However, Netflix also proved happy to take advantage of zero-rating deals where possible, paying off providers for access to otherwise data-capped customers. And it’s now pretty buddy-buddy with Comcast, which is letting customers access and pay for Netflix services through its X1 set-top box just like any other premium channel.

Netflix was among the companies represented by the Internet Association when it asked the FCC to leave net neutrality well enough alone already early in May. But that doesn’t really matter, Hastings said, telling Kafka, “I think Trump’s FCC is going to unwind the rules no matter what anybody says.”

But since Hastings is hanging the responsibility on everyone else to object, well, here’s your turn. If you’ve got thoughts about the FCC’s plan to reverse net neutrality, and you haven’t told the FCC what you think yet, here’s how.

Delta Tests Replacing Boarding Passes With Fingerprints For Lounge Access

While it’s trying facial recognition automated baggage drops in Minneapolis, Delta Airlines has implemented another form of biometric identification at Ronald Reagan Washington National Airport. Ultimately, the airline plans to let passengers use their fingerprints in place of boarding passes to check in, check bags, and board their flights.

CLEAR is an existing service that speeds you past the security line for a fee. People in the pilot program have to be enrolled in CLEAR as well. Delta combines CLEAR’s data with your frequent flier information and boarding pass information, with the goal of letting passengers zip past checkpoints where they would normally need to show a boarding pass.

For now, a fingerprint only gives people who are part of the program access to the Sky Club lounge. To be eligible, customers need to be part of the Sky Miles program and also be enrolled in CLEAR.

The airline’s planned Phase 2 would let passengers use their fingerprints at any time that they would normally need to show a boarding pass, including when boarding the plane. JetBlue and British Airways are testing similar programs, but they use facial recognition, not fingerprints.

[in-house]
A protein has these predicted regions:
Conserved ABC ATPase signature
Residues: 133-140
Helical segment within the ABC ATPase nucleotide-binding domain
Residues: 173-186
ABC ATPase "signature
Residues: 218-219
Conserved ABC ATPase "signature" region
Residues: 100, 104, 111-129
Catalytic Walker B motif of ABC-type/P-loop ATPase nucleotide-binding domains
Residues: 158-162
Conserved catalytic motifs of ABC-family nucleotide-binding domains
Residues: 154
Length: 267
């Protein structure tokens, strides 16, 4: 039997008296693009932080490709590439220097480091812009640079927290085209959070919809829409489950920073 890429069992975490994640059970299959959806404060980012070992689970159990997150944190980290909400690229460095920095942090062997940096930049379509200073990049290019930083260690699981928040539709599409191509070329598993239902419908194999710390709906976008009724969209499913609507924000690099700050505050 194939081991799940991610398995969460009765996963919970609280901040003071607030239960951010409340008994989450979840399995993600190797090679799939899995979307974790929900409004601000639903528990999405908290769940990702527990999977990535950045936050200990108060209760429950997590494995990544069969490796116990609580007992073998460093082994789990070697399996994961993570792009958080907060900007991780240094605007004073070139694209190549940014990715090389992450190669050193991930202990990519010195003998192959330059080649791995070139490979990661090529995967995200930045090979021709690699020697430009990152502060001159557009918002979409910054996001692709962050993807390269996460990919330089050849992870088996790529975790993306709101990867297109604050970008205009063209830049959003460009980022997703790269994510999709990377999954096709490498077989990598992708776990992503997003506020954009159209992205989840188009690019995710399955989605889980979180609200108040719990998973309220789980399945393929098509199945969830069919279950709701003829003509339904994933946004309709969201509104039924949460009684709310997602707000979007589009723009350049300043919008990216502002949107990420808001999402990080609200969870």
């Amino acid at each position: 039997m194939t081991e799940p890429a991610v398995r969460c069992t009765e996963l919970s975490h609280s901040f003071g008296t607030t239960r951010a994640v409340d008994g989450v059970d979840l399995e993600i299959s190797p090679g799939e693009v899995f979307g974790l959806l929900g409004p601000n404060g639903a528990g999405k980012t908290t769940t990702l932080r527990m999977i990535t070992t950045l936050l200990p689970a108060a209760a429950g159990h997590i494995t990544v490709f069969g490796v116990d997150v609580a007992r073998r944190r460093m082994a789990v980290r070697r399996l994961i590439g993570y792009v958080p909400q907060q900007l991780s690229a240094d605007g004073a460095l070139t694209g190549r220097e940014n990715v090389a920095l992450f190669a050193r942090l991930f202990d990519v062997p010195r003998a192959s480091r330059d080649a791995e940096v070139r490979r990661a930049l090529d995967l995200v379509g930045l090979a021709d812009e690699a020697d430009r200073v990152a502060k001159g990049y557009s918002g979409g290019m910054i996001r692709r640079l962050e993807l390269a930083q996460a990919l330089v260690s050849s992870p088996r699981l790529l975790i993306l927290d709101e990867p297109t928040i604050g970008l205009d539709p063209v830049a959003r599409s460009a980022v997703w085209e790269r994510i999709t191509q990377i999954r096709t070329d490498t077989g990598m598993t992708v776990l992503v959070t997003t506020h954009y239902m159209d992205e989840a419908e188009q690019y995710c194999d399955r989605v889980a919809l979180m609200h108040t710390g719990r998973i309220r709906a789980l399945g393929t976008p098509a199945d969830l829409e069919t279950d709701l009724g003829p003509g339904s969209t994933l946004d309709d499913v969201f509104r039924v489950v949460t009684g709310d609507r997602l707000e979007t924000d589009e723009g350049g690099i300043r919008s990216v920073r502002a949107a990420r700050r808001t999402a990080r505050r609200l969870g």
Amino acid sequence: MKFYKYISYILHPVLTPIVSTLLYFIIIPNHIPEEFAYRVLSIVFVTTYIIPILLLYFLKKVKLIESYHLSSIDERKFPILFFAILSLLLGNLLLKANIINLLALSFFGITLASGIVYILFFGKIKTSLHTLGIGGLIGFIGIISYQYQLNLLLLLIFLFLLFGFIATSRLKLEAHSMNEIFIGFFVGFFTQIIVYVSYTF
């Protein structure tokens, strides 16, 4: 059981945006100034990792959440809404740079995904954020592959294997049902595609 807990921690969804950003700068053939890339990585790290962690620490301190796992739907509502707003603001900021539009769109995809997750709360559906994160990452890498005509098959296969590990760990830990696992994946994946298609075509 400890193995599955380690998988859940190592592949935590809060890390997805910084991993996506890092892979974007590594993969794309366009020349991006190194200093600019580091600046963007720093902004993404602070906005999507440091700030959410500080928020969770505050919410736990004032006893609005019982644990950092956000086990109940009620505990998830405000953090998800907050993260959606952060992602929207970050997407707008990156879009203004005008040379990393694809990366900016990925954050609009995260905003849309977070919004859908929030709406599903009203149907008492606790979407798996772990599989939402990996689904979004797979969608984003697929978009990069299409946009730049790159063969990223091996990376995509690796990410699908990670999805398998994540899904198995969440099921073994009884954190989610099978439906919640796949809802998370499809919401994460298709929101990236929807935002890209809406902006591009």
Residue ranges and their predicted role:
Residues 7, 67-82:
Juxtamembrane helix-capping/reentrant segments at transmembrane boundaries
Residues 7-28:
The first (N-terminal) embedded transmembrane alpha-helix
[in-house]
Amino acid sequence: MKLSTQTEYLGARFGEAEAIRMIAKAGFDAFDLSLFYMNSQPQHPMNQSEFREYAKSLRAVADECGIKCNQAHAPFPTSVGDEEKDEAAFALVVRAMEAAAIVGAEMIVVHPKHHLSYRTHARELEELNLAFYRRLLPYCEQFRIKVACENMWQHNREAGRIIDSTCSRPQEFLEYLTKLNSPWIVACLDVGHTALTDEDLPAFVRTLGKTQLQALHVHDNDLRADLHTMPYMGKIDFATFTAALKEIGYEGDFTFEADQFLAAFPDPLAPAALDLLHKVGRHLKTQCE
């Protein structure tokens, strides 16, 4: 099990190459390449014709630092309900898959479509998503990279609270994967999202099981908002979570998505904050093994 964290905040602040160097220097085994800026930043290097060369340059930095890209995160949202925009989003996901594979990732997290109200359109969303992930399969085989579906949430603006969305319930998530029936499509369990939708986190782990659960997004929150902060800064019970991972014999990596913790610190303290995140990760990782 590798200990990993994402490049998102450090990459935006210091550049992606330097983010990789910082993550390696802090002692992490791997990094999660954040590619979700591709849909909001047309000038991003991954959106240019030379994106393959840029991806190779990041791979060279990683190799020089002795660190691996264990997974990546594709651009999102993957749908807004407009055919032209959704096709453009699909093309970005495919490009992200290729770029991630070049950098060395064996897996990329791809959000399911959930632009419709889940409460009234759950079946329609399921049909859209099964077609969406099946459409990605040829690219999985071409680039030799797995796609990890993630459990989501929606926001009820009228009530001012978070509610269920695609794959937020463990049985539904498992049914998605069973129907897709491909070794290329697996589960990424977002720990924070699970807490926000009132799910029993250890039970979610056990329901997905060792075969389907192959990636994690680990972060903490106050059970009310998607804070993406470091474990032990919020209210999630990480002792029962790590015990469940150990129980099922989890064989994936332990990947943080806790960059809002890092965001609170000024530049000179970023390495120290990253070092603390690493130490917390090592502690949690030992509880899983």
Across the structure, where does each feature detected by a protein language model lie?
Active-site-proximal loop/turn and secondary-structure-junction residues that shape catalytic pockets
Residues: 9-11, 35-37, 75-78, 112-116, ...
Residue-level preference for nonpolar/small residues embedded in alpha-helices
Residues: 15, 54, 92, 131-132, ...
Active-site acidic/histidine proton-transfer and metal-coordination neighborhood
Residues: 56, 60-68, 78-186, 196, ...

Phase 2 will happen if the Phase 1 test goes well. If you see people locked out of the Delta lounge on your next trip through DCA, you’ll be able to tell how those tests are going.

Colorado To Spend Marijuana Tax Money To Fight Addiction And Homelessness

The state of Colorado collected more than $100 million in taxes on retail recreational marijuana sales last last year. So what’s it going to do with all that extra cash? The governor’s new budget allocates that money for supportive housing, health screening in public schools, addiction treatment, and on regulating the cannabis industry.

One budget item puts aside $5.9 million in tax funds for law enforcement grants to fight gray and black market marijuana sales. The state wants to fight the illegal market and stop people who get their weed from medical dispensaries from re-selling it to other people. It doesn’t collect taxes on any of those sales, after all.

The largest allocation from the Marijuana Cash Fund, as it’s called, is $15.3 million for supportive housing and other services for people who are homeless or at risk of homelessness, with the goal of keeping them out of prisons and hospitals. Another program spends $7.1 million on helping keep people in mental health crisis out of jails and finding appropriate services for them.

An existing program that puts health care professionals in public and charter schools will receive another $9.7 million in grant funds. Their responsibilities will include “education, universal screening, referral, and care coordination for students with substance abuse and other behavioral health needs.”

The state is also funding a $500,000 two-year pilot program to train physician assistants and nurse practitioners in treating and prescribing medication for people with opioid addictions.

All of these programs depend on the Department of Justice not stepping up enforcement in the six states that have legal recreational marijuana use and state-regulated retail sales. The Trump administration is likely to do so, and even the medical marijuana industry is nervous about what’s possible.

(via Vice News)

Feds Say Trampoline Company Used Phony Reviews From Bogus Trampoline Experts

If you sell a product that has glowing reviews from dependable expert critics, you’d probably want to point that out to customers. Or… you could just go ahead and make up a bunch of fake “expert” sites filled with fictional reviews.

The Federal Trade Commission has accused the folks behind several trampoline-selling sites of creating multiple supposedly independent websites to trick customers into believing that their products had received rave write-ups from people who know a thing or two about trampolines.

According to the FTC’s complaint [PDF] brothers Sonny and Bobby Le — who operated under several names, including Recreational Products, Trampoline Jumpers, Happy Trampoline, and others of pointing potential customers of their Olympus Pro and Infinity trampolines to separate websites with favorable reviews of these products.